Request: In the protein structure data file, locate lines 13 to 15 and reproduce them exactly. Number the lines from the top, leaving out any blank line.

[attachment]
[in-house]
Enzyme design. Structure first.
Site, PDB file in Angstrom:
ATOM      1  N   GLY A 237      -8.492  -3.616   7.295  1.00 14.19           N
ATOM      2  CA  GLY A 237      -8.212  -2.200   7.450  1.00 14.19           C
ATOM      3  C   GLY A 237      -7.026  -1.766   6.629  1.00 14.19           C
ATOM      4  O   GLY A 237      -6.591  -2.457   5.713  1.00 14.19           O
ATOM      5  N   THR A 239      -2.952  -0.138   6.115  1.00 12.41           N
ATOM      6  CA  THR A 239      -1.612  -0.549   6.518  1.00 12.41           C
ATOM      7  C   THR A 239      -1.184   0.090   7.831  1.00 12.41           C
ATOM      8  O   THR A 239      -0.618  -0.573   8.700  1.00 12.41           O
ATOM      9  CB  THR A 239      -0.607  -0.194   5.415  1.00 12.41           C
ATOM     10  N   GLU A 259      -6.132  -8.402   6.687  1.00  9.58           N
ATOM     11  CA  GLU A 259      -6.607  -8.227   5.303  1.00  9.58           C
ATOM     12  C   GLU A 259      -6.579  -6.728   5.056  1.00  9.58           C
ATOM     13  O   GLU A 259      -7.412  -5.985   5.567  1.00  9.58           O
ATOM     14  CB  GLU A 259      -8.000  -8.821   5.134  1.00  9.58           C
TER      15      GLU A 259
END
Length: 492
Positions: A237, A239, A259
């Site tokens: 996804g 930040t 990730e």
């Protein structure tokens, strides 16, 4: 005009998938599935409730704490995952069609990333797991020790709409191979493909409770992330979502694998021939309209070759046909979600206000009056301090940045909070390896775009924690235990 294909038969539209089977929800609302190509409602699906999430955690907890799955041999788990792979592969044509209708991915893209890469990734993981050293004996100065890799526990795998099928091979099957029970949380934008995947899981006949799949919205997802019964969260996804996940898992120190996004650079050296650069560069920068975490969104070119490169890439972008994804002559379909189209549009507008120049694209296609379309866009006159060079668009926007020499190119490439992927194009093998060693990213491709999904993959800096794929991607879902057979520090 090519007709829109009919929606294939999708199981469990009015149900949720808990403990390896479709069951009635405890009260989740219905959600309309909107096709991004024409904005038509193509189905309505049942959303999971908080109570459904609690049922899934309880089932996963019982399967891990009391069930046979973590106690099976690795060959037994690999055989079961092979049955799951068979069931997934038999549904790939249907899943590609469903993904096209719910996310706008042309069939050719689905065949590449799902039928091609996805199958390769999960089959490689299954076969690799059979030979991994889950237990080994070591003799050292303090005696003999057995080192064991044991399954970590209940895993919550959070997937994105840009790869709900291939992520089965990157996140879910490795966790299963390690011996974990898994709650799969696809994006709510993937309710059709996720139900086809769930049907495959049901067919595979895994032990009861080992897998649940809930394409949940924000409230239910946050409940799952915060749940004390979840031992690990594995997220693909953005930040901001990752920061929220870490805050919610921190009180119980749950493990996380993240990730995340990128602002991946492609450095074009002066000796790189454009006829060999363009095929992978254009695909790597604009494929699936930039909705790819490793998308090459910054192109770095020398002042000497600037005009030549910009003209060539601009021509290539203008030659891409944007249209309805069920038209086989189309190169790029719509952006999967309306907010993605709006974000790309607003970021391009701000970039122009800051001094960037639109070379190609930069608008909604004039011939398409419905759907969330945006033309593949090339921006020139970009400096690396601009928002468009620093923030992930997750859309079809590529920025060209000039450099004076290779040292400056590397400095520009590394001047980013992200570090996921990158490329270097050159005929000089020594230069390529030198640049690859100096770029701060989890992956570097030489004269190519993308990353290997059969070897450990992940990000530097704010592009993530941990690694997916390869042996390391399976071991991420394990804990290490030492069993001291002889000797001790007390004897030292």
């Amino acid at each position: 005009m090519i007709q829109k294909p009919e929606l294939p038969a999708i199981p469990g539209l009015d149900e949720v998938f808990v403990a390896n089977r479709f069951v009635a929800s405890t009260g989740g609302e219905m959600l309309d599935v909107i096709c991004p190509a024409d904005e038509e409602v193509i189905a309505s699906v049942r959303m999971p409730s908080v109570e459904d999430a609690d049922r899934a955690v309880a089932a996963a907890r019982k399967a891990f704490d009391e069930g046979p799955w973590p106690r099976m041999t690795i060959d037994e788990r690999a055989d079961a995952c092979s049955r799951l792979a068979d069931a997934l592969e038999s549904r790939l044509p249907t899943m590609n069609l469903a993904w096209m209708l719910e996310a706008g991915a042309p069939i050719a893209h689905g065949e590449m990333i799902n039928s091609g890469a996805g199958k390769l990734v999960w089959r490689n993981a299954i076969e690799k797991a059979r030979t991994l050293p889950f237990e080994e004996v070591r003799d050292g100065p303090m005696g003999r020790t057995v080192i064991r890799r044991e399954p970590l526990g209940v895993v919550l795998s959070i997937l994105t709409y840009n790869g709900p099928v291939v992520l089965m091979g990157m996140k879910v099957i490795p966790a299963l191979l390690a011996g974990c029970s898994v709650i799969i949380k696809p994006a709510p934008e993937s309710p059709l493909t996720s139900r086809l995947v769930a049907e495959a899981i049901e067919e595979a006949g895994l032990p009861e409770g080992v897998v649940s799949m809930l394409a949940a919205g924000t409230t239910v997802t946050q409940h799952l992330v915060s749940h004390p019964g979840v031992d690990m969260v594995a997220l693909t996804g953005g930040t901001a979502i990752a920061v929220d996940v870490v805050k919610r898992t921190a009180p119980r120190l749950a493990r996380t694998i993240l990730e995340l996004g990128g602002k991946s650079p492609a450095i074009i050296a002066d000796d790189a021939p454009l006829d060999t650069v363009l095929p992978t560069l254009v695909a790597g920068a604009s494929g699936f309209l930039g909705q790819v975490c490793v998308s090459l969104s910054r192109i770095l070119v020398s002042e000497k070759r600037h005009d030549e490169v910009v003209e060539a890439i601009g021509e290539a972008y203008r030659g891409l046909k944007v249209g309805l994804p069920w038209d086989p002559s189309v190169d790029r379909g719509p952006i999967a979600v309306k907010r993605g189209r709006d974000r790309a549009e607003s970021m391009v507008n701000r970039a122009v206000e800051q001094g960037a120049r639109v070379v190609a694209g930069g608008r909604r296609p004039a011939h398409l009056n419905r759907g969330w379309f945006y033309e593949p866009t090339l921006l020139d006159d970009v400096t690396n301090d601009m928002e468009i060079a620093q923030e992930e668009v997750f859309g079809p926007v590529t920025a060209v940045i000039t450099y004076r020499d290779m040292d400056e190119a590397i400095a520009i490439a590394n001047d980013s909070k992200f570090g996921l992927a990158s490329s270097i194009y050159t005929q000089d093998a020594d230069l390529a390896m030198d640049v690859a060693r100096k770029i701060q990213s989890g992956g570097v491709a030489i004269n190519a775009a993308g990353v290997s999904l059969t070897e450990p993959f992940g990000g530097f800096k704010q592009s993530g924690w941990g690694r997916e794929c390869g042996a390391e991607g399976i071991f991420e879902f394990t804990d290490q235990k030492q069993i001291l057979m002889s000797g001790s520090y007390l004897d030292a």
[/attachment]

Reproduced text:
ATOM     10  N   GLU A 259      -6.132  -8.402   6.687  1.00  9.58           N
ATOM     11  CA  GLU A 259      -6.607  -8.227   5.303  1.00  9.58           C
ATOM     12  C   GLU A 259      -6.579  -6.728   5.056  1.00  9.58           C